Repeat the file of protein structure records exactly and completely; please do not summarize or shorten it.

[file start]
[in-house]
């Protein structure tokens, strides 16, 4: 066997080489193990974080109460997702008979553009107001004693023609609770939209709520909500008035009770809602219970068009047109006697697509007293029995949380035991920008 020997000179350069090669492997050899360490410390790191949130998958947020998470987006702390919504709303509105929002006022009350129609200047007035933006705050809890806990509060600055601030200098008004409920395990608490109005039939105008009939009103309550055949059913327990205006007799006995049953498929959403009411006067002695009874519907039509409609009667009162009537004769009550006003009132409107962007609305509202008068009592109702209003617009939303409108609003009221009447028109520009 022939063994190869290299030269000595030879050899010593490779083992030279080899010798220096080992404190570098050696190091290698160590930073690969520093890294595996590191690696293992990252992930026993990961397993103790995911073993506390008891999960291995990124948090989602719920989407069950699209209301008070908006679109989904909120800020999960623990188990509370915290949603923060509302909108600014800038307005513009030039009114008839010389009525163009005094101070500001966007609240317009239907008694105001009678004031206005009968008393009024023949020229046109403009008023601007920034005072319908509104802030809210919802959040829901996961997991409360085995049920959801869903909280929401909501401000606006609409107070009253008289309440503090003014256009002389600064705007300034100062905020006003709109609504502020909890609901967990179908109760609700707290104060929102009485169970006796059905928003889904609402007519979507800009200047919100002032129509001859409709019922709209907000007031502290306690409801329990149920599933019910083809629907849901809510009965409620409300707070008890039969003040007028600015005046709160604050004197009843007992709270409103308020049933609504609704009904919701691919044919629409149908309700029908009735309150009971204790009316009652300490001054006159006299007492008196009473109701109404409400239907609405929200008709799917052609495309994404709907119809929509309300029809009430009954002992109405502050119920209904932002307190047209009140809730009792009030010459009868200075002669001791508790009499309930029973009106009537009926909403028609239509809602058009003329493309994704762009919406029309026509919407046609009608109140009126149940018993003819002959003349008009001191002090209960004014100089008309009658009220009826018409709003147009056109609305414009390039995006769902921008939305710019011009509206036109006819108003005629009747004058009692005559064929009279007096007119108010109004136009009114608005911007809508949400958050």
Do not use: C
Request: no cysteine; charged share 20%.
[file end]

[in-house]
């Protein structure tokens, strides 16, 4: 066997080489193990974080109460997702008979553009107001004693023609609770939209709520909500008035009770809602219970068009047109006697697509007293029995949380035991920008 020997000179350069090669492997050899360490410390790191949130998958947020998470987006702390919504709303509105929002006022009350129609200047007035933006705050809890806990509060600055601030200098008004409920395990608490109005039939105008009939009103309550055949059913327990205006007799006995049953498929959403009411006067002695009874519907039509409609009667009162009537004769009550006003009132409107962007609305509202008068009592109702209003617009939303409108609003009221009447028109520009 022939063994190869290299030269000595030879050899010593490779083992030279080899010798220096080992404190570098050696190091290698160590930073690969520093890294595996590191690696293992990252992930026993990961397993103790995911073993506390008891999960291995990124948090989602719920989407069950699209209301008070908006679109989904909120800020999960623990188990509370915290949603923060509302909108600014800038307005513009030039009114008839010389009525163009005094101070500001966007609240317009239907008694105001009678004031206005009968008393009024023949020229046109403009008023601007920034005072319908509104802030809210919802959040829901996961997991409360085995049920959801869903909280929401909501401000606006609409107070009253008289309440503090003014256009002389600064705007300034100062905020006003709109609504502020909890609901967990179908109760609700707290104060929102009485169970006796059905928003889904609402007519979507800009200047919100002032129509001859409709019922709209907000007031502290306690409801329990149920599933019910083809629907849901809510009965409620409300707070008890039969003040007028600015005046709160604050004197009843007992709270409103308020049933609504609704009904919701691919044919629409149908309700029908009735309150009971204790009316009652300490001054006159006299007492008196009473109701109404409400239907609405929200008709799917052609495309994404709907119809929509309300029809009430009954002992109405502050119920209904932002307190047209009140809730009792009030010459009868200075002669001791508790009499309930029973009106009537009926909403028609239509809602058009003329493309994704762009919406029309026509919407046609009608109140009126149940018993003819002959003349008009001191002090209960004014100089008309009658009220009826018409709003147009056109609305414009390039995006769902921008939305710019011009509206036109006819108003005629009747004058009692005559064929009279007096007119108010109004136009009114608005911007809508949400958050």
Do not use: C
Request: no cysteine; charged share 20%.